BlackRock Greater Europe posts sector-beating returns - annual report summary


Our annual report summary series delivers a condensed analysis of a selected investment trust's annual report, including details of the trust's aim, investment style, portfolio focuses, gearing policy, charges and performance.


BlackRock Greater Europe Investment Trust (BRGE) aims for capital growth through investment in a focused portfolio of continental European companies. Up to 25 per cent can be invested in companies in developing Europe. BRGE's annual report for the year to 31 August 2016 shows shareholders' assets of £295 million.

Vincent Devlin and Sam Vecht have been managers since 2008, with the latter responsible for developing Europe stocks. Given the uncertain outlook, their focus is mainly on quality companies with rising dividends, strong cash flows and the ability to succeed even in a low-growth environment.

At 31 August 2016 BRGE held 59 investments and developing Europe accounted for 8.2 per cent of the portfolio (mainly in Russia and Turkey).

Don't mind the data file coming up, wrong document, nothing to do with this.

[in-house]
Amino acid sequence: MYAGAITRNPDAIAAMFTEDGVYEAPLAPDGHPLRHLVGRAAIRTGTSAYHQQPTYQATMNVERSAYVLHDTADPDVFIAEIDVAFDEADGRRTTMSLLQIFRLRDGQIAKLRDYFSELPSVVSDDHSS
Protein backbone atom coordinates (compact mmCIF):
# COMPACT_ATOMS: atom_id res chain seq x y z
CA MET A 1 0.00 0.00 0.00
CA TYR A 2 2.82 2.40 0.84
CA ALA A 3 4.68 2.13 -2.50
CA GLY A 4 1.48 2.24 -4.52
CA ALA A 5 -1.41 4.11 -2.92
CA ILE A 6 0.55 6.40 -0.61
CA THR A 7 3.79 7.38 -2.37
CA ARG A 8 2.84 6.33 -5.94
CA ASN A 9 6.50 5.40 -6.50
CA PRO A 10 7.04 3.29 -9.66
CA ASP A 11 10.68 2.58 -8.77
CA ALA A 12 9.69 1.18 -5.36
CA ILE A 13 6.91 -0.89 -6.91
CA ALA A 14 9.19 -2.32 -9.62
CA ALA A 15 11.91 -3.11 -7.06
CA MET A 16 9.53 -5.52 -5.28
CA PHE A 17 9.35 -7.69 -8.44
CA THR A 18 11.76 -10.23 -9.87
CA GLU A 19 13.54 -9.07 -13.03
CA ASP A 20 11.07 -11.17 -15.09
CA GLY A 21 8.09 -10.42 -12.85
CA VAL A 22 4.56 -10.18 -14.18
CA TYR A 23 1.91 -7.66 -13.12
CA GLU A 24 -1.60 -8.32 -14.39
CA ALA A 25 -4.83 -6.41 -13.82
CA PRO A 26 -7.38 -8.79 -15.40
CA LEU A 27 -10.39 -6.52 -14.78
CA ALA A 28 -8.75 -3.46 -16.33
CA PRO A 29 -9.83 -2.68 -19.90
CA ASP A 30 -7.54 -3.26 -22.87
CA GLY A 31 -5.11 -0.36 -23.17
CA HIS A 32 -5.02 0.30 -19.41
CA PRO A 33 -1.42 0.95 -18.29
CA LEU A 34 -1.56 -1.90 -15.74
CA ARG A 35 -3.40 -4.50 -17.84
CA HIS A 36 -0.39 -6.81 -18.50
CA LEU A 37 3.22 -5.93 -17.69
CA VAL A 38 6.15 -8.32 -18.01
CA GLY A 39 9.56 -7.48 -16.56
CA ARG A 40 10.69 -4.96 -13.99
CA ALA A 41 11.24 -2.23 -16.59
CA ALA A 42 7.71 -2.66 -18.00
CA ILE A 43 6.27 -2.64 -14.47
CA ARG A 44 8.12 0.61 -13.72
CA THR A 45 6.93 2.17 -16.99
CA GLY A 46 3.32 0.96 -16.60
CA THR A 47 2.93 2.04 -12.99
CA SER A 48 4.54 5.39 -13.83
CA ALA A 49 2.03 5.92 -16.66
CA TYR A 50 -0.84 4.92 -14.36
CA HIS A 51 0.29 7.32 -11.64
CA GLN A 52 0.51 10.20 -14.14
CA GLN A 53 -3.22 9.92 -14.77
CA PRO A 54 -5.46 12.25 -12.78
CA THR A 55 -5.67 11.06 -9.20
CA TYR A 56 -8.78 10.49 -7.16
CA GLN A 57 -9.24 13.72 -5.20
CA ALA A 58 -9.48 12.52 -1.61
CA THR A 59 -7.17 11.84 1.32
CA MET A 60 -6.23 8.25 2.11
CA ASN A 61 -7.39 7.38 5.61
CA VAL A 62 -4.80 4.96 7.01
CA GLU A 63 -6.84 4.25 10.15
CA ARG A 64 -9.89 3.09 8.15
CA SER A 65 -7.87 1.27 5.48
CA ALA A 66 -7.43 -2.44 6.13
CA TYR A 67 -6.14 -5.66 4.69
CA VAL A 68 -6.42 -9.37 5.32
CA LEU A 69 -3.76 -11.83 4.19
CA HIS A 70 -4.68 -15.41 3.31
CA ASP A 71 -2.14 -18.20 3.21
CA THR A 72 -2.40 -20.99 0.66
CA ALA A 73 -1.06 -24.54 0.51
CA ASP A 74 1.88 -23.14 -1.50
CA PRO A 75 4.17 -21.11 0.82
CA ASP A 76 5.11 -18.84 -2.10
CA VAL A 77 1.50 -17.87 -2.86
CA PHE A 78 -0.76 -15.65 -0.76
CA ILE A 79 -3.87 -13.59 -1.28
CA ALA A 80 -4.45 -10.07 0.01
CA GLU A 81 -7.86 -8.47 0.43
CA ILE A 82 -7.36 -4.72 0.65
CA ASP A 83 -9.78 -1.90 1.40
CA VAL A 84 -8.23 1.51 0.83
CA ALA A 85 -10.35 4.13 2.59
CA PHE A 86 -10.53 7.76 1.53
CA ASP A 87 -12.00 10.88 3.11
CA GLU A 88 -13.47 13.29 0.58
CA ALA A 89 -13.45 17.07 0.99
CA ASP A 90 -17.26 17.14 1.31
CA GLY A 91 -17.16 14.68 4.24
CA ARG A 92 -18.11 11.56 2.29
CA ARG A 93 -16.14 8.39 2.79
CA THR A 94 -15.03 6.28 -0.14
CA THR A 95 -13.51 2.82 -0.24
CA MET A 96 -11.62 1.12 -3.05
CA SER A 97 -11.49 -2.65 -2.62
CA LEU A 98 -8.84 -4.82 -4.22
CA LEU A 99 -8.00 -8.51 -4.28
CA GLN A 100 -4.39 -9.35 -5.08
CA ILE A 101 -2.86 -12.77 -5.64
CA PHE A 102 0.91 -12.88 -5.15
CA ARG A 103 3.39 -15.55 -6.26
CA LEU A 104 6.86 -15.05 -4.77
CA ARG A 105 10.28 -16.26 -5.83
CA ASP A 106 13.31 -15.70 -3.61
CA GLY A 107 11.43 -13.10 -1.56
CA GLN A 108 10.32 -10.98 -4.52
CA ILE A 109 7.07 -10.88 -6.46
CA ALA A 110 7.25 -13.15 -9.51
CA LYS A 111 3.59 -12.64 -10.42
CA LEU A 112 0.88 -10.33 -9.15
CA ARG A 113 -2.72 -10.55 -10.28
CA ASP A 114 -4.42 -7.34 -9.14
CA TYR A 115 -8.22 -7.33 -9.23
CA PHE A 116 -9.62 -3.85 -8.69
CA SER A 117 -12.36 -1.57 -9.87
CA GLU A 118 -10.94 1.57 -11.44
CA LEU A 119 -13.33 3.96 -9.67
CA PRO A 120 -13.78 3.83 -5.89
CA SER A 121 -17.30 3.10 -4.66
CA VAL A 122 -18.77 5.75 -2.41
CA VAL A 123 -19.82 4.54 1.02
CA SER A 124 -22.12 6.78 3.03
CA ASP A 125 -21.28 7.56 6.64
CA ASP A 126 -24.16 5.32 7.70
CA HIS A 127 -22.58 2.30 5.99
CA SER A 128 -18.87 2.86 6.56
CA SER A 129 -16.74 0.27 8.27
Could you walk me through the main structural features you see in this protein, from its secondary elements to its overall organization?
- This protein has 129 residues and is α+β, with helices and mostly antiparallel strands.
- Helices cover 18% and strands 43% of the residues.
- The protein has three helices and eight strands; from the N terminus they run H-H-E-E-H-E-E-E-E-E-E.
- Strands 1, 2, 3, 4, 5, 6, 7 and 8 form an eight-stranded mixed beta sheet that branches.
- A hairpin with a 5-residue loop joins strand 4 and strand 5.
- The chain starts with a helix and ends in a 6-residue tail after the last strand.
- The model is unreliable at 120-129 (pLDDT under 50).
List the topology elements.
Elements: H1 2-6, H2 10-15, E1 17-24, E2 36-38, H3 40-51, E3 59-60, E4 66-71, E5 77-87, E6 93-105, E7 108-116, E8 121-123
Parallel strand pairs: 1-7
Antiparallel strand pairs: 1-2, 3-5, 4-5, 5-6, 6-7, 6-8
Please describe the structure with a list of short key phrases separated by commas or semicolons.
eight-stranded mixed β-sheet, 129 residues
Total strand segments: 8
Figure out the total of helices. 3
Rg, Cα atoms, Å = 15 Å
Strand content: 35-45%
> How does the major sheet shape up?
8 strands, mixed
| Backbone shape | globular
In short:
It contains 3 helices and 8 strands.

It was very underweight in companies capitalised at over €50 billion (£44 billion), whereas those capitalised at between €1 billion and €10 billion accounted for an overweight 32 per cent.

blackrock-greater-europe-three-year-performanceThe largest sectors were industrials at 28.8 per cent, financials at 18.5 per cent and consumer goods at 18.3 per cent. Gearing was negligible throughout the year.

Net asset value (NAV) total returns last year were 16.9 per cent, outperforming the 15.4 per cent rise in BRGE's benchmark, the FTSE World Europe ex UK index.

Sterling devaluation following the Brexit vote contributed substantially to both.

Share price total returns of 13.8 per cent were the best in the Europe sector over one year, but BRGE ranks seven out of eight over three years.

The dividend was raised 6 per cent to 5.3p. Ongoing charges fell to 1.07 per cent following the 2015 removal of the performance fee in return for a higher base fee.

BRGE's board used its option to make half-yearly tenders for up to 20 per cent of the shares at NAV less a 2 per cent discount in November 2015, and again a year later, but not in May 2016. The take-up was only 1.19 per cent in 2015 and 6.45 per cent in 2016.

See the full annual report on the BlackRock website.

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